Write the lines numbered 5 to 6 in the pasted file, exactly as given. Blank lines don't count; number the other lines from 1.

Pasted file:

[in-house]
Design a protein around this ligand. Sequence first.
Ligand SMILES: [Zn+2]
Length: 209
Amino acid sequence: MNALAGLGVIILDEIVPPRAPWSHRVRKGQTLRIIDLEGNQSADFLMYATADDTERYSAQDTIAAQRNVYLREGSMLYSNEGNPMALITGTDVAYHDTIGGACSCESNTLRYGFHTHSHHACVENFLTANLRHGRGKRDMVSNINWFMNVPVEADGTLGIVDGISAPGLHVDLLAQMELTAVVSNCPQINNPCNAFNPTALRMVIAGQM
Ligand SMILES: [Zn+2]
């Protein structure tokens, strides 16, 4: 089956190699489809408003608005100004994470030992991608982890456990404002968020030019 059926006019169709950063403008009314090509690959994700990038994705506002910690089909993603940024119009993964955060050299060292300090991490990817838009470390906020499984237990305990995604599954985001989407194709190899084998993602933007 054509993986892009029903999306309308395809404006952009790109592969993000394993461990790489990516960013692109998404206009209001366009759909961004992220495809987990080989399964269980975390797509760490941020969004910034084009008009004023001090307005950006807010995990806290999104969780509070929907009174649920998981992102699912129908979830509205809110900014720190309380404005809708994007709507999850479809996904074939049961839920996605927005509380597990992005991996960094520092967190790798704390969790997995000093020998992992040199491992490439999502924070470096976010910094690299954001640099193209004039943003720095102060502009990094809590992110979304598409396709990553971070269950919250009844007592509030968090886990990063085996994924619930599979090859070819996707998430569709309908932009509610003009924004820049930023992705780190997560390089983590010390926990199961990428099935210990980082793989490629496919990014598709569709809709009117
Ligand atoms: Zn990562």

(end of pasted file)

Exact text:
Amino acid sequence: MNALAGLGVIILDEIVPPRAPWSHRVRKGQTLRIIDLEGNQSADFLMYATADDTERYSAQDTIAAQRNVYLREGSMLYSNEGNPMALITGTDVAYHDTIGGACSCESNTLRYGFHTHSHHACVENFLTANLRHGRGKRDMVSNINWFMNVPVEADGTLGIVDGISAPGLHVDLLAQMELTAVVSNCPQINNPCNAFNPTALRMVIAGQM
Ligand SMILES: [Zn+2]